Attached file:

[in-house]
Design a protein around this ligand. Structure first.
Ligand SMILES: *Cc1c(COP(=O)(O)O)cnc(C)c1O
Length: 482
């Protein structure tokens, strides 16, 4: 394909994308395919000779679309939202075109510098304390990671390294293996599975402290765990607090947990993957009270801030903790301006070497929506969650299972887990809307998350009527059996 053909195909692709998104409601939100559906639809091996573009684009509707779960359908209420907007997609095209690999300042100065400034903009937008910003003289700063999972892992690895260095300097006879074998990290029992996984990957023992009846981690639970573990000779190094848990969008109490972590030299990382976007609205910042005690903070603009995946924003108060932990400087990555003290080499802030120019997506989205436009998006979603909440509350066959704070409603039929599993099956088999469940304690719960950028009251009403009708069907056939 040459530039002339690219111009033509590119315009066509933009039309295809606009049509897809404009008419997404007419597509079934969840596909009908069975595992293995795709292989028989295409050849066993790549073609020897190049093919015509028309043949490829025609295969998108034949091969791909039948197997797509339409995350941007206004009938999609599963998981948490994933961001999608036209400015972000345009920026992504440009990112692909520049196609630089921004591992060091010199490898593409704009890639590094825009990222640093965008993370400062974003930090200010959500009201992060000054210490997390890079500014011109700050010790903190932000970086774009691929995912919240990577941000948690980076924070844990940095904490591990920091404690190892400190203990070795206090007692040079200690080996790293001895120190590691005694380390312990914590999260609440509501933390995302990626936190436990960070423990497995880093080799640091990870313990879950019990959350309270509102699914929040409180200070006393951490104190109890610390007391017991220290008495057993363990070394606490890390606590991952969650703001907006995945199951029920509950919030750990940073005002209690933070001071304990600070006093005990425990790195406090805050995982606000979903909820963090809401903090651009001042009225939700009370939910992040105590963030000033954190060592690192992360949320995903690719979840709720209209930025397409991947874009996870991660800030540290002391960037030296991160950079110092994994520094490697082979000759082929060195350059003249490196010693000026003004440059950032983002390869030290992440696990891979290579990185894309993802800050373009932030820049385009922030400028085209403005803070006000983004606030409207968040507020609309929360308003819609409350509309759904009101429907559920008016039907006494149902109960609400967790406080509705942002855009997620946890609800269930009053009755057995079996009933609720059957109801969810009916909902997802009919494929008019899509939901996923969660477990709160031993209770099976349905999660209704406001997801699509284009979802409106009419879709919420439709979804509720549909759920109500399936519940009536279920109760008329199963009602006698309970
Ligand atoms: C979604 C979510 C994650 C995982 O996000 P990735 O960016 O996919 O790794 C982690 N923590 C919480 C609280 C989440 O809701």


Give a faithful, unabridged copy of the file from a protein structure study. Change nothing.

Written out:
[in-house]
Design a protein around this ligand. Structure first.
Ligand SMILES: *Cc1c(COP(=O)(O)O)cnc(C)c1O
Length: 482
């Protein structure tokens, strides 16, 4: 394909994308395919000779679309939202075109510098304390990671390294293996599975402290765990607090947990993957009270801030903790301006070497929506969650299972887990809307998350009527059996 053909195909692709998104409601939100559906639809091996573009684009509707779960359908209420907007997609095209690999300042100065400034903009937008910003003289700063999972892992690895260095300097006879074998990290029992996984990957023992009846981690639970573990000779190094848990969008109490972590030299990382976007609205910042005690903070603009995946924003108060932990400087990555003290080499802030120019997506989205436009998006979603909440509350066959704070409603039929599993099956088999469940304690719960950028009251009403009708069907056939 040459530039002339690219111009033509590119315009066509933009039309295809606009049509897809404009008419997404007419597509079934969840596909009908069975595992293995795709292989028989295409050849066993790549073609020897190049093919015509028309043949490829025609295969998108034949091969791909039948197997797509339409995350941007206004009938999609599963998981948490994933961001999608036209400015972000345009920026992504440009990112692909520049196609630089921004591992060091010199490898593409704009890639590094825009990222640093965008993370400062974003930090200010959500009201992060000054210490997390890079500014011109700050010790903190932000970086774009691929995912919240990577941000948690980076924070844990940095904490591990920091404690190892400190203990070795206090007692040079200690080996790293001895120190590691005694380390312990914590999260609440509501933390995302990626936190436990960070423990497995880093080799640091990870313990879950019990959350309270509102699914929040409180200070006393951490104190109890610390007391017991220290008495057993363990070394606490890390606590991952969650703001907006995945199951029920509950919030750990940073005002209690933070001071304990600070006093005990425990790195406090805050995982606000979903909820963090809401903090651009001042009225939700009370939910992040105590963030000033954190060592690192992360949320995903690719979840709720209209930025397409991947874009996870991660800030540290002391960037030296991160950079110092994994520094490697082979000759082929060195350059003249490196010693000026003004440059950032983002390869030290992440696990891979290579990185894309993802800050373009932030820049385009922030400028085209403005803070006000983004606030409207968040507020609309929360308003819609409350509309759904009101429907559920008016039907006494149902109960609400967790406080509705942002855009997620946890609800269930009053009755057995079996009933609720059957109801969810009916909902997802009919494929008019899509939901996923969660477990709160031993209770099976349905999660209704406001997801699509284009979802409106009419879709919420439709979804509720549909759920109500399936519940009536279920109760008329199963009602006698309970
Ligand atoms: C979604 C979510 C994650 C995982 O996000 P990735 O960016 O996919 O790794 C982690 N923590 C919480 C609280 C989440 O809701």